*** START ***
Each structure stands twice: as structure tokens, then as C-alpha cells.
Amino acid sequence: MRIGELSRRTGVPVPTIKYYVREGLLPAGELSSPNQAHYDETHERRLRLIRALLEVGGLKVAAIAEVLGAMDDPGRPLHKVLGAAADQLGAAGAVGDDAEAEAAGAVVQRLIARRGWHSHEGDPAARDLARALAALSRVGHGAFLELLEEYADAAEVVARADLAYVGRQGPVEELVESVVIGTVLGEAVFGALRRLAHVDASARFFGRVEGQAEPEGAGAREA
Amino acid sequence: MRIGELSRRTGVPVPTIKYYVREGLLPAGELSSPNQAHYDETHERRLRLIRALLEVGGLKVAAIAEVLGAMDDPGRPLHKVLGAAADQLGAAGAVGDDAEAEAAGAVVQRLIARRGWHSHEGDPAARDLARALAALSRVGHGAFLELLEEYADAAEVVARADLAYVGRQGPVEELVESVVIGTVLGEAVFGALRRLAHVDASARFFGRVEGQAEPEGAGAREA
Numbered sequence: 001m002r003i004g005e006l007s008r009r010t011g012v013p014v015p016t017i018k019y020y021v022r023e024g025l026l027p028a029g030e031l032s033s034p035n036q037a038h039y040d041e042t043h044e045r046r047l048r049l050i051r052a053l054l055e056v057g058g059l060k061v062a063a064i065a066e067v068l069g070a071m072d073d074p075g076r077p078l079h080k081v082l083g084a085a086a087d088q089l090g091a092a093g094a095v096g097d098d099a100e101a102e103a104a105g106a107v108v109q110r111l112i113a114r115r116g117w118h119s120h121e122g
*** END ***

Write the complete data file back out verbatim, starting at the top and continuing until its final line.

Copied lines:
Each structure stands twice: as structure tokens, then as C-alpha cells.
Amino acid sequence: MRIGELSRRTGVPVPTIKYYVREGLLPAGELSSPNQAHYDETHERRLRLIRALLEVGGLKVAAIAEVLGAMDDPGRPLHKVLGAAADQLGAAGAVGDDAEAEAAGAVVQRLIARRGWHSHEGDPAARDLARALAALSRVGHGAFLELLEEYADAAEVVARADLAYVGRQGPVEELVESVVIGTVLGEAVFGALRRLAHVDASARFFGRVEGQAEPEGAGAREA
Amino acid sequence: MRIGELSRRTGVPVPTIKYYVREGLLPAGELSSPNQAHYDETHERRLRLIRALLEVGGLKVAAIAEVLGAMDDPGRPLHKVLGAAADQLGAAGAVGDDAEAEAAGAVVQRLIARRGWHSHEGDPAARDLARALAALSRVGHGAFLELLEEYADAAEVVARADLAYVGRQGPVEELVESVVIGTVLGEAVFGALRRLAHVDASARFFGRVEGQAEPEGAGAREA
Numbered sequence: 001m002r003i004g005e006l007s008r009r010t011g012v013p014v015p016t017i018k019y020y021v022r023e024g025l026l027p028a029g030e031l032s033s034p035n036q037a038h039y040d041e042t043h044e045r046r047l048r049l050i051r052a053l054l055e056v057g058g059l060k061v062a063a064i065a066e067v068l069g070a071m072d073d074p075g076r077p078l079h080k081v082l083g084a085a086a087d088q089l090g091a092a093g094a095v096g097d098d099a100e101a102e103a104a105g106a107v108v109q110r111l112i113a114r115r116g117w118h119s120h121e122g